Cooking with Grandma's Cast Iron: Part 2

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Refurbishing, seasoning and maintenance

Because of it’s very nature, our much beloved cast iron cookware can get a light haze of red rust on it before you know it. Especially here in the humid deep south. A light haze is readily removed with a scouting pad and cooking oil while the cast iron is warm. Wiping with a white paper towel and light cooking oil will let you know when you have removed it all. Here is a quick 17 second video of the finished and ready to use cookware.

A slightly heavier coating of rust may be removed with a more abrasive scouring pad followed by the paper towel wipe down process.

Deep pit’s in your cookware can sometimes be addressed with a rotary brush or a grinder. However, it must be remembered that one of cast iron cookware’s most endearing trait’s is that it heats evenly across its entire surface. Any thin spots that are made during the restoration process can cause it to burn, discolor and/or stick. Excessive grinding can ruin cast iron leaving you with only a cool display piece.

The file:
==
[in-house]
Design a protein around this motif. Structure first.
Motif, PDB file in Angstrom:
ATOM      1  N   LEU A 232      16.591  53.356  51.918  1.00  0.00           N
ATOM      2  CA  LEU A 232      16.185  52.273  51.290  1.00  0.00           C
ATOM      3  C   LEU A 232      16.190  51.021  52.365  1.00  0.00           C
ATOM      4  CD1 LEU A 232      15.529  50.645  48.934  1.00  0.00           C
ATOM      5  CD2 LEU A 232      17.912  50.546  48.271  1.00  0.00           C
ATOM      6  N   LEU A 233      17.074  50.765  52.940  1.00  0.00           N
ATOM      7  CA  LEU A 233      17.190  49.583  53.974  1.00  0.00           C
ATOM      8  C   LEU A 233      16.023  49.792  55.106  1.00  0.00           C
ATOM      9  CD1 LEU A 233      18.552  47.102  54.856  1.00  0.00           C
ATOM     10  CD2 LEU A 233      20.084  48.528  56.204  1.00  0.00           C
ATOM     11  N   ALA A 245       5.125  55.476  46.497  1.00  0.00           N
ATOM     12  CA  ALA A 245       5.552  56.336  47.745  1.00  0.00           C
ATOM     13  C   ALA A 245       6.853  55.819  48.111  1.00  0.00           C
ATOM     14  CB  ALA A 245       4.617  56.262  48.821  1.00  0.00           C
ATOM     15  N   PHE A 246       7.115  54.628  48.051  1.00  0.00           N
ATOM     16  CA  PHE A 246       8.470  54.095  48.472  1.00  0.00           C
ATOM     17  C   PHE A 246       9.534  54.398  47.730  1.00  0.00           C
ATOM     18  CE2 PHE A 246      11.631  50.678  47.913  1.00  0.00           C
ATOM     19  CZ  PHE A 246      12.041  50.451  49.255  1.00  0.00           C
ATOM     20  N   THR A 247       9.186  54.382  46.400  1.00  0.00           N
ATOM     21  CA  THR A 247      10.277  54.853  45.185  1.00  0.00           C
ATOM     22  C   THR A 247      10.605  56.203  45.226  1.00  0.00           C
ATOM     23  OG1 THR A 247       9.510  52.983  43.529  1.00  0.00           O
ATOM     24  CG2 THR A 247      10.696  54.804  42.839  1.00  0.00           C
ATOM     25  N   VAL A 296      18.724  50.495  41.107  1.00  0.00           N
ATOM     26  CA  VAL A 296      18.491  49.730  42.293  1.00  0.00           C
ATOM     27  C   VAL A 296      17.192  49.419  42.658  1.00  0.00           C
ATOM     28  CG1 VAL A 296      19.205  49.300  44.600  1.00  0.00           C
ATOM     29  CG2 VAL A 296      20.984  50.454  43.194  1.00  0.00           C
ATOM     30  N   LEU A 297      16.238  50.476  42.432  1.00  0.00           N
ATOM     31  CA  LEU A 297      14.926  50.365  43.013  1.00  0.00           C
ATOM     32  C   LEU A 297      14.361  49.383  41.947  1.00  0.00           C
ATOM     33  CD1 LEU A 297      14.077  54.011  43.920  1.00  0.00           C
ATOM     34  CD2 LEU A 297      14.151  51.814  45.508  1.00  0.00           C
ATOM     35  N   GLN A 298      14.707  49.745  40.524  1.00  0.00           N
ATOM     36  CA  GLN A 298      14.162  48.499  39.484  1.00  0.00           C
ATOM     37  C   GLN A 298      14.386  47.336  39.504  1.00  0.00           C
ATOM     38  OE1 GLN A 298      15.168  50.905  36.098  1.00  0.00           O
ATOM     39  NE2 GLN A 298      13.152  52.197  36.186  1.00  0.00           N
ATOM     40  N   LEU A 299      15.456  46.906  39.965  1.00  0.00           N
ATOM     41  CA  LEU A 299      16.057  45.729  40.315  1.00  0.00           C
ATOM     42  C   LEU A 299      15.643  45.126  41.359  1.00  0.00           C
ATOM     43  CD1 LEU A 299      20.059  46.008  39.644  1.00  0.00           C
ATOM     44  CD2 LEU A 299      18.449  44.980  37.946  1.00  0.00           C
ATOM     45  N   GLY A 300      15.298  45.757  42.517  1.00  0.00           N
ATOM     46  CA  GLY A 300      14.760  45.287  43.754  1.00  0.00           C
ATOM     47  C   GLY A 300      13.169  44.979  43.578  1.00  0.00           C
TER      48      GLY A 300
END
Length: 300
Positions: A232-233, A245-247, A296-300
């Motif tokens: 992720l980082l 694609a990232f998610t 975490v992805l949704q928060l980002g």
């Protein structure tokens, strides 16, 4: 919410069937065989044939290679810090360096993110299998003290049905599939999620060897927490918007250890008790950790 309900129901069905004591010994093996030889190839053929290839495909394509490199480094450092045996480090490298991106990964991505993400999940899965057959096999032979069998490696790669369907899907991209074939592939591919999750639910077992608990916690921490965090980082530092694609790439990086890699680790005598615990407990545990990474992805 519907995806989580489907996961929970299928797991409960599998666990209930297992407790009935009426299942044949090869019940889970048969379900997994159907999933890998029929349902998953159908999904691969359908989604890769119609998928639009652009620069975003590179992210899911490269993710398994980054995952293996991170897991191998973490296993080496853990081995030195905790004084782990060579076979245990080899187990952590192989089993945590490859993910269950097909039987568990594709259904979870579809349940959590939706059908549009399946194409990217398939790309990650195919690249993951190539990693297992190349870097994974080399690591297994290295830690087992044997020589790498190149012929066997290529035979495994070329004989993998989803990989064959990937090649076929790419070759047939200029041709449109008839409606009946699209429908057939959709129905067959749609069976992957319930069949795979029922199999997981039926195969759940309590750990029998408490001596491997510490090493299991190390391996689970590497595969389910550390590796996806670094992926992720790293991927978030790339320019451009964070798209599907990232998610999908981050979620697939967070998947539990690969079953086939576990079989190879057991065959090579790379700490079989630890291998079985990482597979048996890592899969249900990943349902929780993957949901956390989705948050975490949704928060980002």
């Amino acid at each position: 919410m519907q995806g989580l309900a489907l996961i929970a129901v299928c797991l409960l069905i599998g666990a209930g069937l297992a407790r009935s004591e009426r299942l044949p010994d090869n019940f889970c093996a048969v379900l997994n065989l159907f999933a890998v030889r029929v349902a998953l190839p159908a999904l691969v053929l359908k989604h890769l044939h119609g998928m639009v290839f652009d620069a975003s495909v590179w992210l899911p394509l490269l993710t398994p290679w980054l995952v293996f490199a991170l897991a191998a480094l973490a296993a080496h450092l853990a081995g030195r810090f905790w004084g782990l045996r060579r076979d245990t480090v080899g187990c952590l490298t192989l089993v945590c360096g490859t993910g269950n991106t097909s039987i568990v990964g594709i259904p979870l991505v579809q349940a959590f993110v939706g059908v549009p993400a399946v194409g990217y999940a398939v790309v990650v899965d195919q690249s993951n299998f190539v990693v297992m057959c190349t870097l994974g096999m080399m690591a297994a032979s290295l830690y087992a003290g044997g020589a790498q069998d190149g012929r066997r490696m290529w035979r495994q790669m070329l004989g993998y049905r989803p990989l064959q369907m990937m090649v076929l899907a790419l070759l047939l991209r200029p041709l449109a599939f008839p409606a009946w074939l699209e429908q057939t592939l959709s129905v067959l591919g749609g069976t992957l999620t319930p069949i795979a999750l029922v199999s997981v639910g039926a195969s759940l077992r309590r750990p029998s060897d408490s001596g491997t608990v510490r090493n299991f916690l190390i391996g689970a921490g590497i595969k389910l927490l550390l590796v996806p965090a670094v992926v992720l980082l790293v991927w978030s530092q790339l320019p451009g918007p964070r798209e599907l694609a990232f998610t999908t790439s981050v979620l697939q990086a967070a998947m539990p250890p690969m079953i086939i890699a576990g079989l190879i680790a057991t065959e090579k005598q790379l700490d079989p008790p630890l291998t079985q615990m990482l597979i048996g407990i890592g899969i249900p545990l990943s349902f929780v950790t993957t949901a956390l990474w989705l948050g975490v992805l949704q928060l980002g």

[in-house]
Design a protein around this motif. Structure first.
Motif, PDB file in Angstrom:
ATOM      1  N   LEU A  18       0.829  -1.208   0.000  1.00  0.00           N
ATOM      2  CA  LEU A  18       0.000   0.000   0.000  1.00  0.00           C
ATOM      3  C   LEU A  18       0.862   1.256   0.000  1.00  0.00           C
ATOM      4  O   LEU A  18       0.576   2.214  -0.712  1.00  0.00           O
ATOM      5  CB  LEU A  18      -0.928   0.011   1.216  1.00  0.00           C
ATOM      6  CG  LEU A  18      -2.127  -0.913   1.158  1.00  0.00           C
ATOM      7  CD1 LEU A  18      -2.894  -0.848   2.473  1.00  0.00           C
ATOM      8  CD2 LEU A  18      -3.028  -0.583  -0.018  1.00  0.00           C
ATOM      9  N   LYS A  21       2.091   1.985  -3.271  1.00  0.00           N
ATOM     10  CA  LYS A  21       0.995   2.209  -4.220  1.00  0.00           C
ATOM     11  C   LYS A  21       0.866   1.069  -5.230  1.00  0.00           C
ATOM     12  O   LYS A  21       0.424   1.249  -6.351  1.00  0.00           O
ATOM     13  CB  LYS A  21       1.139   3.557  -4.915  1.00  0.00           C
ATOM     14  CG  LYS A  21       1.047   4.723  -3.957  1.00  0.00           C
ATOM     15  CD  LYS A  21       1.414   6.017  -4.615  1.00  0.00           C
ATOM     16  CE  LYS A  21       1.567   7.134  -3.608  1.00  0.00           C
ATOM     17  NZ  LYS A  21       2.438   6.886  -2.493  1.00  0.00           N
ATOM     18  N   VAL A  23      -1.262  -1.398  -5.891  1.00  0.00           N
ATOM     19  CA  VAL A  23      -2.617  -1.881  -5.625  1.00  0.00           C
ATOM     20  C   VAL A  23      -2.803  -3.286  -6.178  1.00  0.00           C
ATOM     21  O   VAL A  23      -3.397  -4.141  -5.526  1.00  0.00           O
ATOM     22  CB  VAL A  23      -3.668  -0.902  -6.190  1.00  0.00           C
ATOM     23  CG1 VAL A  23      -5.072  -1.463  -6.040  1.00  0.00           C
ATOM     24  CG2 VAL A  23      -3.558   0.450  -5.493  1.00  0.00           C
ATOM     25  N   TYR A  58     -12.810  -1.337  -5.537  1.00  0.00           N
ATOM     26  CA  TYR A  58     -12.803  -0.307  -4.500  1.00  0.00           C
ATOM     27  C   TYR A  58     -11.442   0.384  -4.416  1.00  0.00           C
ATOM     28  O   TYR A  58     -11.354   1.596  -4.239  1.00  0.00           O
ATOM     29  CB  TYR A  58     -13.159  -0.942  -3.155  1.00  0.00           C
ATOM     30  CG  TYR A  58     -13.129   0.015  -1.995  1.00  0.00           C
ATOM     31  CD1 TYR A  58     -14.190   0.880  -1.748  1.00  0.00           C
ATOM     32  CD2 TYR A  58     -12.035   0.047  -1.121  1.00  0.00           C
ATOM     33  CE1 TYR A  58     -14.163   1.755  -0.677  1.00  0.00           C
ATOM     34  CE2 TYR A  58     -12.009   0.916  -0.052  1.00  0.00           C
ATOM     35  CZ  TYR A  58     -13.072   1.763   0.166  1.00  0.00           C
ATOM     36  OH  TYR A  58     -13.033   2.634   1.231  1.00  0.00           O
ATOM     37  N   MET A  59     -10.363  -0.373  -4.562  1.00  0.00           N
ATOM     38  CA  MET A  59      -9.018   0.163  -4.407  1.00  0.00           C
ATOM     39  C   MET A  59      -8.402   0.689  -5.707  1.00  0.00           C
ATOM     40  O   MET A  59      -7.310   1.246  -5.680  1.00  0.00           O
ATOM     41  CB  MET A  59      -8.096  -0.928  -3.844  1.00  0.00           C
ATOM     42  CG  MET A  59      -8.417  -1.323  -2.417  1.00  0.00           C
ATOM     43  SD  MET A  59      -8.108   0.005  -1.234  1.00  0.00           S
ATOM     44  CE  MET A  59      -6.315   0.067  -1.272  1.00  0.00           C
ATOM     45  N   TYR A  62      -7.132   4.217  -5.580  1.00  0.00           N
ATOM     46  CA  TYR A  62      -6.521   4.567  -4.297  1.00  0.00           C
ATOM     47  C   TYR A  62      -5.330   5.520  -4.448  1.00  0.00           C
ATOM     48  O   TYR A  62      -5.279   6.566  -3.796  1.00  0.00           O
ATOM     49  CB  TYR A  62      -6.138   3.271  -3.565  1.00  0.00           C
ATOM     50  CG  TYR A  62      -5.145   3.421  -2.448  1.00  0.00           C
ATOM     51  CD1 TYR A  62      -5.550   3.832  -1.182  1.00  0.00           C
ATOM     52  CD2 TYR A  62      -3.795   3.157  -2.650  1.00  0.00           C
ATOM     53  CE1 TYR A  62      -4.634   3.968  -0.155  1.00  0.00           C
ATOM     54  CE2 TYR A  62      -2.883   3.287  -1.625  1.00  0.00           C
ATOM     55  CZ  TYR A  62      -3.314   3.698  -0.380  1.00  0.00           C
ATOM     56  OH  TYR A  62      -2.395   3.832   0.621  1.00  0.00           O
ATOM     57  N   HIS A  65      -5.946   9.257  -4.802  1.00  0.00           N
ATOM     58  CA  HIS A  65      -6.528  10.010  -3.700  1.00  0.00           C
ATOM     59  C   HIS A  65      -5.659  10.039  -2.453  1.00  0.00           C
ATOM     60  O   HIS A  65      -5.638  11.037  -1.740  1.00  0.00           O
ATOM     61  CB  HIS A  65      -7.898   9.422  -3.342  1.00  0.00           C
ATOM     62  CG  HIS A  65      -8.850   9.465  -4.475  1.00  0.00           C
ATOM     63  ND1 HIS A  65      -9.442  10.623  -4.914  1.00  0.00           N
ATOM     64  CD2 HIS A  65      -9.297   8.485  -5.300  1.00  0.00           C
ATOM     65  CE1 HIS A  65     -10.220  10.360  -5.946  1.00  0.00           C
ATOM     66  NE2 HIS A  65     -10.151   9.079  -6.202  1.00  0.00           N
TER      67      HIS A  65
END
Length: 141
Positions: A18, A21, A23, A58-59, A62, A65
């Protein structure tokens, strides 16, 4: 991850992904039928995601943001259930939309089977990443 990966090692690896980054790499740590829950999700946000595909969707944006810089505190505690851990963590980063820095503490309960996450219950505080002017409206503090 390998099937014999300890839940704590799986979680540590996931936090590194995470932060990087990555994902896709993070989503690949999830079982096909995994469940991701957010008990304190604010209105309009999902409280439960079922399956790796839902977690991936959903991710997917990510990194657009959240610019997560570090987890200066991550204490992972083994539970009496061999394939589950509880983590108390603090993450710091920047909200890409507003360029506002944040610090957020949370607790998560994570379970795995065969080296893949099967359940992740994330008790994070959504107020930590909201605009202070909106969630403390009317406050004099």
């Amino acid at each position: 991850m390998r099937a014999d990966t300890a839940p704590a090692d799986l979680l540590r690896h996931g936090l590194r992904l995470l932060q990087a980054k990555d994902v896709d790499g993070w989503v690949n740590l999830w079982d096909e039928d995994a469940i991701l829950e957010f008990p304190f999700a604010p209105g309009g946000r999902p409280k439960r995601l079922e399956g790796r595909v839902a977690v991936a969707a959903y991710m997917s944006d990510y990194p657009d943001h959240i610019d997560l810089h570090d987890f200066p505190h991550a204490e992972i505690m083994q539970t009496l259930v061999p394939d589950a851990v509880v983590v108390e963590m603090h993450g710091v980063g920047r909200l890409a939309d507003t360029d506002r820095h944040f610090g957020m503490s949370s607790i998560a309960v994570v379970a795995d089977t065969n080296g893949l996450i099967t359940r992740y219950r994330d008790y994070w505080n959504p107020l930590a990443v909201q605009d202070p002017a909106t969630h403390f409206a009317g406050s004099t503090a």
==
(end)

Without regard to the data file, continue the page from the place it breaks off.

Our favorite seasoning method, except for the seasoning of brand new cast iron, is to deep fry in it, for example, having a fish fry at the end of a camping or fishing trip. Then carefully wiping the cast iron clean while still hot. Keeping the cookware carefully oiled seems to work best and always when warm so that the pores are open to receive and retain the oil.

Maintaining that great finish during storage can be tricky, but gets much simpler when it is stored in a temperature/humidity controlled environment. Because we prefer that the outside of our cookery stay campfire ready and some what smutted up, we store and transport our cast iron in heavy coarse fabric  shopping bags, making it easier to handle and it keeps the smut from transferring to other things in the storage area.

One of Betty’s little tricks for keeping the rust at bay is to collect the desiccant capsules, that  we find in many over the counter meds such as antacids, put them in a sock and drop them in the cookware before closing the lid tightly. When the desiccant becomes less effective, she bakes them dry to re-use them.

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